Illustration for article titled Why it matters that Marcell Ozuna was charged with strangulation

Image: Sandy Springs Police Department

Braves star outfielder Marcell Ozuna was arrested on Saturday. What little we know about the incident comes via the Sandy Springs, Ga., Police Department, who issued the following statement Saturday night:

Earlier today at 12:26 PM, Sandy Springs Police Officers received a 911 call requesting they respond to a residence on Windsor Cove regarding an assault in progress. As Officers arrived to the home, they heard screaming coming from inside and noticed the front door wide open. Due to the exigency of the known facts, Officers entered the residence through the front door and witnessed the suspect grabbing the victim by the neck and throwing her against a wall. Officers were able to immediately take the suspect into custody without further incident. In addition to the strangulation attempts, the suspect also struck the victim with his arm which has a cast from a previous injury. Preliminary investigation has revealed this incident to be domestic related between the suspect and his wife, both residents of the Windsor Cove home.

The suspect, Marcell Ozuna was arrested and has been charged with the following:

Aggravated Assault by Strangulation under the Domestic Violence Act

Battery under the Domestic Violence Act

The victim did have visible injuries, but was not transported to the hospital.

Overnight, Ozuna was held without bond, which is not uncommon and, in some jurisdictions, required when one party is arrested for domestic violence. A year ago, Ozuna’s wife, Genesis, was arrested for domestic battery, in which she allegedly threw a soap dish that hit Ozuna in the face and cut him. And while we don’t know all the details of what happened that night, it’s not unheard of for victims to wind up being prosecuted in abusive relationships.

But it matters that Ozuna was charged, not just with battery, but with aggravated assault strangulation, a felony charge in Georgia that the domestic violence community has been advocating for for years.

According to The Training Institute for Strangulation Prevention, while one in four women will experience intimate partner violence in their lifetime, 68 percent of those women will suffer near-fatal strangulation. Nine percent of the women strangled will be pregnant at the time. Thirty-eight percent of them will lose consciousness. A full 70 percent of them will believe they are about to die.

Domestic violence workers are taught early on that domestic abuse is not about anger, it’s about power and control. In the case of strangulation, the abuser is controlling their victim’s access to life-sustaining oxygen; literally controlling, in that moment, whether the victim lives or dies.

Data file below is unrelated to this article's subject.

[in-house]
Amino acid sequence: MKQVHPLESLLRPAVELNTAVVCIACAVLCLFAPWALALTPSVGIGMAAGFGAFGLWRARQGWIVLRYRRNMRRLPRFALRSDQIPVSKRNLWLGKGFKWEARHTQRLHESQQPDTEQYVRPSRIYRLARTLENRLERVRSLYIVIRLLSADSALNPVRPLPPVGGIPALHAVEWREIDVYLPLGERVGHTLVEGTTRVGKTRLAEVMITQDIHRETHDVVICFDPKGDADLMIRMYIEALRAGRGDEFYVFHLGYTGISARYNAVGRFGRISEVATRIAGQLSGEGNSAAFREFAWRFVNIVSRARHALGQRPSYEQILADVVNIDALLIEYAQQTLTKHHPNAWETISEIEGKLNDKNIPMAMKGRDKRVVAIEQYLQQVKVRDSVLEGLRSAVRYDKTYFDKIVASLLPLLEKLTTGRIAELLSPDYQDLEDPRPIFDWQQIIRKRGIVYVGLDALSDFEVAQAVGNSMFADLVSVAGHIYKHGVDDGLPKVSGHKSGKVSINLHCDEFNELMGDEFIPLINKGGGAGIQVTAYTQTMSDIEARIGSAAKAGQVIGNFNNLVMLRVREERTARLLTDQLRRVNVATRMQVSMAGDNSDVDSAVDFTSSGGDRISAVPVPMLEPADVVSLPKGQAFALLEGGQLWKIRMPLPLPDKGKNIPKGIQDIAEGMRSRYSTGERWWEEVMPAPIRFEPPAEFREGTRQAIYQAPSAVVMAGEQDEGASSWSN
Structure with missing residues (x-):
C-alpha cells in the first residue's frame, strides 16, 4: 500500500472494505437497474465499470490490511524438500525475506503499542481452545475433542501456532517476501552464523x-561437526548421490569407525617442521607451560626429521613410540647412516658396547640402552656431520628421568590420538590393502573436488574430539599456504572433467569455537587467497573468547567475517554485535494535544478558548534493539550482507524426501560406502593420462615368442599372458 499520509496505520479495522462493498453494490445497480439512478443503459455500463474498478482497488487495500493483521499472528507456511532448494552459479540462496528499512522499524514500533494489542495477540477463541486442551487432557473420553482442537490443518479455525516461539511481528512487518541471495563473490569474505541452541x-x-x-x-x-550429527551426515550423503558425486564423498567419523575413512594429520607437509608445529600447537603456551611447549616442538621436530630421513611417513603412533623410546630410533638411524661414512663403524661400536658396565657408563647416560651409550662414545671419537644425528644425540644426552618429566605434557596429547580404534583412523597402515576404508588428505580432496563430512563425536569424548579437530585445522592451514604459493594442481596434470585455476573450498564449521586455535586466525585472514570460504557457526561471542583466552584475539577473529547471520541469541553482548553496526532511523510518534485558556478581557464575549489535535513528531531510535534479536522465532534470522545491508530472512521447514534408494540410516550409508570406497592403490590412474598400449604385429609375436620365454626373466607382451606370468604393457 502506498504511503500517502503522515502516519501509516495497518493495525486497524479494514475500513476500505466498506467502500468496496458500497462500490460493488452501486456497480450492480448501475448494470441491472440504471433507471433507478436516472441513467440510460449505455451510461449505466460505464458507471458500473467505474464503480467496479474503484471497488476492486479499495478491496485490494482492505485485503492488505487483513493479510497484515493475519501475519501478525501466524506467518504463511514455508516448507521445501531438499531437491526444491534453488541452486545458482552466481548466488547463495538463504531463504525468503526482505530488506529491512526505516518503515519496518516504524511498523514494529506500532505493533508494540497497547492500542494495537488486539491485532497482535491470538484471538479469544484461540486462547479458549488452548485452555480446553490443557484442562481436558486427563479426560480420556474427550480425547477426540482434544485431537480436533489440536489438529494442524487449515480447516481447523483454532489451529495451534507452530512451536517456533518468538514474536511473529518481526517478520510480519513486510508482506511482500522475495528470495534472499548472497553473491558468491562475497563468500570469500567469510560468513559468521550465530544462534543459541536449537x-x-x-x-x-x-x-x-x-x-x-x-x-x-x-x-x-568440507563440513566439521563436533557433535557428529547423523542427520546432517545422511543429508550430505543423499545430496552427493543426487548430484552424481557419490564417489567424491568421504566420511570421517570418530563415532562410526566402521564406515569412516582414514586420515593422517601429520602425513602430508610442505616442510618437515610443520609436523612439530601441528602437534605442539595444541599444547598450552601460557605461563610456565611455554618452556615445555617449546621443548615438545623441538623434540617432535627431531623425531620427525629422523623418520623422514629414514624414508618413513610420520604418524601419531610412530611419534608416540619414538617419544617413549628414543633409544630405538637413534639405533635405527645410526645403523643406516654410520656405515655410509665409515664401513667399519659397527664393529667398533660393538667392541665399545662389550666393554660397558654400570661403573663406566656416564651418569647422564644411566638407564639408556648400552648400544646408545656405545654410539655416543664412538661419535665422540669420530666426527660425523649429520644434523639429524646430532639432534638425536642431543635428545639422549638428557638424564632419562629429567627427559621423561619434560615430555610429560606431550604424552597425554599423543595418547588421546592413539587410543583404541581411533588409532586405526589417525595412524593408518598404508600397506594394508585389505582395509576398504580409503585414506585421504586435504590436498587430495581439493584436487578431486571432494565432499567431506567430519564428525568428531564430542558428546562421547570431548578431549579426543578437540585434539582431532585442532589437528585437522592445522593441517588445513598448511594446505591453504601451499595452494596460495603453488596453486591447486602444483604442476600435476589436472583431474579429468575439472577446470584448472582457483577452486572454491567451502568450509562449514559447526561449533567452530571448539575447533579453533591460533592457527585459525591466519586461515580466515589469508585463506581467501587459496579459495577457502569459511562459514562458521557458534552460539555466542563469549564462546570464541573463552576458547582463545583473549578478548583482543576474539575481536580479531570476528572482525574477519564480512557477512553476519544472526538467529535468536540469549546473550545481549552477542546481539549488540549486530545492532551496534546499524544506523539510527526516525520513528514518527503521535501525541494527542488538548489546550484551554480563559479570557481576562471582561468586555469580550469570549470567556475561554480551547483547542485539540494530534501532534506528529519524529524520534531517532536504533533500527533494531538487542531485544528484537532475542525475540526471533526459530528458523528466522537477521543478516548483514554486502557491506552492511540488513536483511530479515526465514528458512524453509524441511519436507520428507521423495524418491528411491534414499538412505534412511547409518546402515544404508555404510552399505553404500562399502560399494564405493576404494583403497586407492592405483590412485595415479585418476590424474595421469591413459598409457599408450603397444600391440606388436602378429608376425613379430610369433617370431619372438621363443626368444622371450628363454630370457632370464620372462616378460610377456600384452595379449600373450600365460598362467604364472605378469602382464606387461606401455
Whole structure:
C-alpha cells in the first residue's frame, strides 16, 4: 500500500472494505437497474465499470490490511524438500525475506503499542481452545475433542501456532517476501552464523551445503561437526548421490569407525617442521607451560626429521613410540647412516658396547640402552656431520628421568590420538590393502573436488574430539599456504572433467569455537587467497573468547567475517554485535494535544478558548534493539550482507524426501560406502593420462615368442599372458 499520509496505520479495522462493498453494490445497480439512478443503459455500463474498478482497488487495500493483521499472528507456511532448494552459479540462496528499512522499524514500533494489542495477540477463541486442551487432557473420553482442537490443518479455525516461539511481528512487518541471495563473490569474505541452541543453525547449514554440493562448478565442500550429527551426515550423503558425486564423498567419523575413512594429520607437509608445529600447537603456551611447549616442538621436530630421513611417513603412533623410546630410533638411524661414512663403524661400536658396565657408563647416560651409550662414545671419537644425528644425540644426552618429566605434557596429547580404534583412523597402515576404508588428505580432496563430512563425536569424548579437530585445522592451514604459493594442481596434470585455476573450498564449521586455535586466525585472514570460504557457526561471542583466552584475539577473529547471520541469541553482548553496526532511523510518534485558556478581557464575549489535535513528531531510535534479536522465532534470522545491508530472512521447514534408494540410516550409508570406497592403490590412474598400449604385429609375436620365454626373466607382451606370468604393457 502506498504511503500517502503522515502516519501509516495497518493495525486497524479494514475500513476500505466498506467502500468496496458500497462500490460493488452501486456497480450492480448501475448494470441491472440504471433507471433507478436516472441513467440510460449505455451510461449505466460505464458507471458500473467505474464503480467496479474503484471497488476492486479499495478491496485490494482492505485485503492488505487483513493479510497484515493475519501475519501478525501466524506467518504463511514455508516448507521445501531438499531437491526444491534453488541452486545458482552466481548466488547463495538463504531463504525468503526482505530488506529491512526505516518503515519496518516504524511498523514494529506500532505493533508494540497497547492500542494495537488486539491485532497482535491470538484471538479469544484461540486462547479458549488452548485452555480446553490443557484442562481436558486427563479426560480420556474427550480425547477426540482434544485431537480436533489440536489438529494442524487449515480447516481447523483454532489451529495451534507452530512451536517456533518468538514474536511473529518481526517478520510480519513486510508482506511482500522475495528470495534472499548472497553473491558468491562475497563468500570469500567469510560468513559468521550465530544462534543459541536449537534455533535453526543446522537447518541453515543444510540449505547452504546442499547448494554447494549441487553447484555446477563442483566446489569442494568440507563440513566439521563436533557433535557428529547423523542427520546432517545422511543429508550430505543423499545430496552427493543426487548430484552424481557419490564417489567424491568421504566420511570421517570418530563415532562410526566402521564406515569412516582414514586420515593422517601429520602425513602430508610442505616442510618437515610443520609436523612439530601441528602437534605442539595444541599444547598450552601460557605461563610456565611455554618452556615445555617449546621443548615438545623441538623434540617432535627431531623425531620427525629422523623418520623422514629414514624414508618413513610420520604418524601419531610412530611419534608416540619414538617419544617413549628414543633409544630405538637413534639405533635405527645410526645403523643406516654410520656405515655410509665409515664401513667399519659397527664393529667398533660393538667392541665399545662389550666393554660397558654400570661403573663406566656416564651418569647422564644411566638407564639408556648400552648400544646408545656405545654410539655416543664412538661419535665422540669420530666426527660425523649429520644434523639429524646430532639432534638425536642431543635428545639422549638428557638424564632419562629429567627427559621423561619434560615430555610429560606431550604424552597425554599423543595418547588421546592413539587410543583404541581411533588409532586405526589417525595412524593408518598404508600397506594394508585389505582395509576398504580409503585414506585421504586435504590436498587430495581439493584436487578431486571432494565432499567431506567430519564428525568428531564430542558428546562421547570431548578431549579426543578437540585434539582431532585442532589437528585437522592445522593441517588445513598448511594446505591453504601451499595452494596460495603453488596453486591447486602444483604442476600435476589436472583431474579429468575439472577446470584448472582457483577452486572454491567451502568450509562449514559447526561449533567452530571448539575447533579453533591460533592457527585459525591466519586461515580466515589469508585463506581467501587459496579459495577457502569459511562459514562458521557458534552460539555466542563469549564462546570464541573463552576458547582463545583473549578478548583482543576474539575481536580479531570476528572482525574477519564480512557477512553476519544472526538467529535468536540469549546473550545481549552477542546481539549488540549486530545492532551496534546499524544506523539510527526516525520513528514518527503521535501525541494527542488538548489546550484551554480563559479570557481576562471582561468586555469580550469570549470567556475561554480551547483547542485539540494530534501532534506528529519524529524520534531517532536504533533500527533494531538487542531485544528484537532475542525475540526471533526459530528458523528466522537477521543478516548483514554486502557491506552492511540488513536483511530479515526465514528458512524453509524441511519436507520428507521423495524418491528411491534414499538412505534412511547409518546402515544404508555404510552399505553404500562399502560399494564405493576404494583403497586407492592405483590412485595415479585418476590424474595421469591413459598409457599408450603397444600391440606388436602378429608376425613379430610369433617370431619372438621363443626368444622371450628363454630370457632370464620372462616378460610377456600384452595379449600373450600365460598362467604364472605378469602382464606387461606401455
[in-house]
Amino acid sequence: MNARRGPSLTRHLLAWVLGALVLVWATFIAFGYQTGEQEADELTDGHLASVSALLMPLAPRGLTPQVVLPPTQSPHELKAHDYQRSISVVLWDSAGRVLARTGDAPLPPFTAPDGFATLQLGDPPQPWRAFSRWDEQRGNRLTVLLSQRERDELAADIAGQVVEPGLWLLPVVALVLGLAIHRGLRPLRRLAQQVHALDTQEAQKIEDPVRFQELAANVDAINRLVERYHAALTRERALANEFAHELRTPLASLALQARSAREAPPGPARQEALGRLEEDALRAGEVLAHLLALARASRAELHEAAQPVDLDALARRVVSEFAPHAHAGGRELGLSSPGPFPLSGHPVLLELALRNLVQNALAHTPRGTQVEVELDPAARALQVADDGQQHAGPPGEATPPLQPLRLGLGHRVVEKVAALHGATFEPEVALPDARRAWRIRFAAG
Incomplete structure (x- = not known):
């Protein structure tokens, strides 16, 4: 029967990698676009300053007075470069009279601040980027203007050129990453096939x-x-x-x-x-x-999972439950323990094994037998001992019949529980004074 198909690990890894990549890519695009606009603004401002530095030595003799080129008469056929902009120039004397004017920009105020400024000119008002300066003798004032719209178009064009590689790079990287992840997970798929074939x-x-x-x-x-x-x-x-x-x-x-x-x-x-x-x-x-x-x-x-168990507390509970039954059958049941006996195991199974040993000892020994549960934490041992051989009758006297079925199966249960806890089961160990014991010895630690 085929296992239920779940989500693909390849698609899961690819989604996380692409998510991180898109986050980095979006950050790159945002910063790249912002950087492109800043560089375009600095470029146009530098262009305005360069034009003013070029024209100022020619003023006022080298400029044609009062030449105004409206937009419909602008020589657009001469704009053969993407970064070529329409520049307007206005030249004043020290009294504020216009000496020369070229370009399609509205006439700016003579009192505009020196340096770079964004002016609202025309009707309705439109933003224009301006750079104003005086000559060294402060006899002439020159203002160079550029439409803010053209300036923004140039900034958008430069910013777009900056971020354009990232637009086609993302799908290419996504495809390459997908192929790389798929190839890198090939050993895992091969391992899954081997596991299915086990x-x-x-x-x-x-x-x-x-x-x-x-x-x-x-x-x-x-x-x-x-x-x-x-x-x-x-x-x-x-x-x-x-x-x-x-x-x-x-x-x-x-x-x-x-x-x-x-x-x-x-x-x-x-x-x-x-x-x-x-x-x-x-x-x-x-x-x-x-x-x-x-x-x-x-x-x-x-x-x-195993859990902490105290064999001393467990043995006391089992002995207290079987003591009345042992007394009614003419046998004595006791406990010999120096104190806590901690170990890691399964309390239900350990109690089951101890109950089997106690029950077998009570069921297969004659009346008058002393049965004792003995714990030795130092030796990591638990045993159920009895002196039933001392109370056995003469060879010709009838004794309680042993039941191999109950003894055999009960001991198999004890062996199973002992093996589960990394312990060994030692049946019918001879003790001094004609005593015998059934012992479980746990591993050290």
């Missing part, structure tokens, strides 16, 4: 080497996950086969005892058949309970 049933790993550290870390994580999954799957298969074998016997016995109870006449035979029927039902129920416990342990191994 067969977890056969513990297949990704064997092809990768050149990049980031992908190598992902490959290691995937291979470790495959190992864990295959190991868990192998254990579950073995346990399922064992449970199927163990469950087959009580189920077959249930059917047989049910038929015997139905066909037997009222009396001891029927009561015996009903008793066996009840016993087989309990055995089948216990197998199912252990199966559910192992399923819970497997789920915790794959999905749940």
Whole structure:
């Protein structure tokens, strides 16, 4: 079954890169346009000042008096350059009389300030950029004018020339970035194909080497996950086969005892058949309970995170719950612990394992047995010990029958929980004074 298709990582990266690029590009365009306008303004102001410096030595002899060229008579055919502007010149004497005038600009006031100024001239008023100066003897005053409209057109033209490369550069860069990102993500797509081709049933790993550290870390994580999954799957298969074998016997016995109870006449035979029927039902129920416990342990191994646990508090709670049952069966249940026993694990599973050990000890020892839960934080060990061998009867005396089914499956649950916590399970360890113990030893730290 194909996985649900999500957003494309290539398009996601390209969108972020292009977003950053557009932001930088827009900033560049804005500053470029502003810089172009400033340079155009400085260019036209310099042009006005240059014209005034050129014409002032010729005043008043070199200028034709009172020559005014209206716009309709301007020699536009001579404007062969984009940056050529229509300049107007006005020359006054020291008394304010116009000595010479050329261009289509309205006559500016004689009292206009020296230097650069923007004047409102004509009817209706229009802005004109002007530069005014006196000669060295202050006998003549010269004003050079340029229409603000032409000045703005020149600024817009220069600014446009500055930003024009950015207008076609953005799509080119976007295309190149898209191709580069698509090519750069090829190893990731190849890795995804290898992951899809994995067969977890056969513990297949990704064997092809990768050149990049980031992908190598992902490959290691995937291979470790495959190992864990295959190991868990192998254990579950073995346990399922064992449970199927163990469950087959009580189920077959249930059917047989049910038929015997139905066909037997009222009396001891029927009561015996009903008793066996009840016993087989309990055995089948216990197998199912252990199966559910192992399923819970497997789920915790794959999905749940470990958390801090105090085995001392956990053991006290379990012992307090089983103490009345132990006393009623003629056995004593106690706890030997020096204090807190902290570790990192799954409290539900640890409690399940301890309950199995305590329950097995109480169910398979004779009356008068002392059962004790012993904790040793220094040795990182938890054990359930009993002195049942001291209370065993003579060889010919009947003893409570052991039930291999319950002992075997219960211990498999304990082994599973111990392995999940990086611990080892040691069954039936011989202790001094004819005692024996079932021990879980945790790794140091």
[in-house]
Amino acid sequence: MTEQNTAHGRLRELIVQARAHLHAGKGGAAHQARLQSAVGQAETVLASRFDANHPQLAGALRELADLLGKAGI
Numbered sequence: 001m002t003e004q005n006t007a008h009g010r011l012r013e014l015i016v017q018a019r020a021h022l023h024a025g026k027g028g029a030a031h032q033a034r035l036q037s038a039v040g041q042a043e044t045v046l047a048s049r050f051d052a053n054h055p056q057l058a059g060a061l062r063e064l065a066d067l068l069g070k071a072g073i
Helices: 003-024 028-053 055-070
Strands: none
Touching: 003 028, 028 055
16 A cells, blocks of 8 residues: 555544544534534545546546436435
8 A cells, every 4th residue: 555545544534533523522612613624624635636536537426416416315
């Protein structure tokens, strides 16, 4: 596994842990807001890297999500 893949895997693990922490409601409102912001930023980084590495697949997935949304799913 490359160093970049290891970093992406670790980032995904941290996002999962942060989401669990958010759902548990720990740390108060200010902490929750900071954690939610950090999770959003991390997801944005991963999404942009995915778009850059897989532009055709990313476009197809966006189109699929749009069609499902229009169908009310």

Physical signs of strangulation are only visible in about 50 percent of non-fatal cases. Only 15 percent of those visible injuries showed up on photographs, debunking the popular myth that a victim without visible injuries or “proof” of physical abuse have actually been assaulted.

Strangulation can cause unconsciousness in a matter of seconds and death within a few minutes. But it’s what happens after a victim survives a strangulation event that is most horrific. In addition to suffering from PTSD, depression, memory loss, nightmares, anxiety, and psychosis, victims who are strangled are also seven times more likely to eventually be killed by their abuser. More than any other physical act, strangulation is a prelude to a future homicide.

More alarmingly, death can occur for strangulation victims days or weeks after the event itself, “due to carotid artery dissection and respiratory complications, like pneumonia, ARDS [acute respiratory distress syndrome], and the risk of blood clots traveling to the brain.”

In recent years, and as a result of the data listed above, prosecutors have been more aggressive in prosecuting intimate partner violence involving strangulation, especially after victims advocates have questioned why abusers who strangle aren’t charged with attempted murder. Prosecutors are also far less likely to drop charges for the failure of a victim to cooperate, especially in cases where the strangulation was witnessed by police officers, as alleged in the case with Ozuna.

Whether this case will ultimately be prosecuted is still a long shot. Most incidents of intimate partner violence aren’t even reported, much less prosecuted. And while Major League Baseball will investigate and likely level a suspension to the degree they see fit, it’s hard to imagine the standard 30-40 day suspension (the average MLB suspension is currently 43 games for violation of the league’s domestic violence policy) being adequate, if what the police have reported is indeed an accurate description of events. The longest MLB suspension to date is 100 games, the penalty levied against the Padres’ José Torres in 2018.

If you’re experiencing intimate partner violence, call 1.800.799.SAFE (7233) or text “SAFE” to the same number.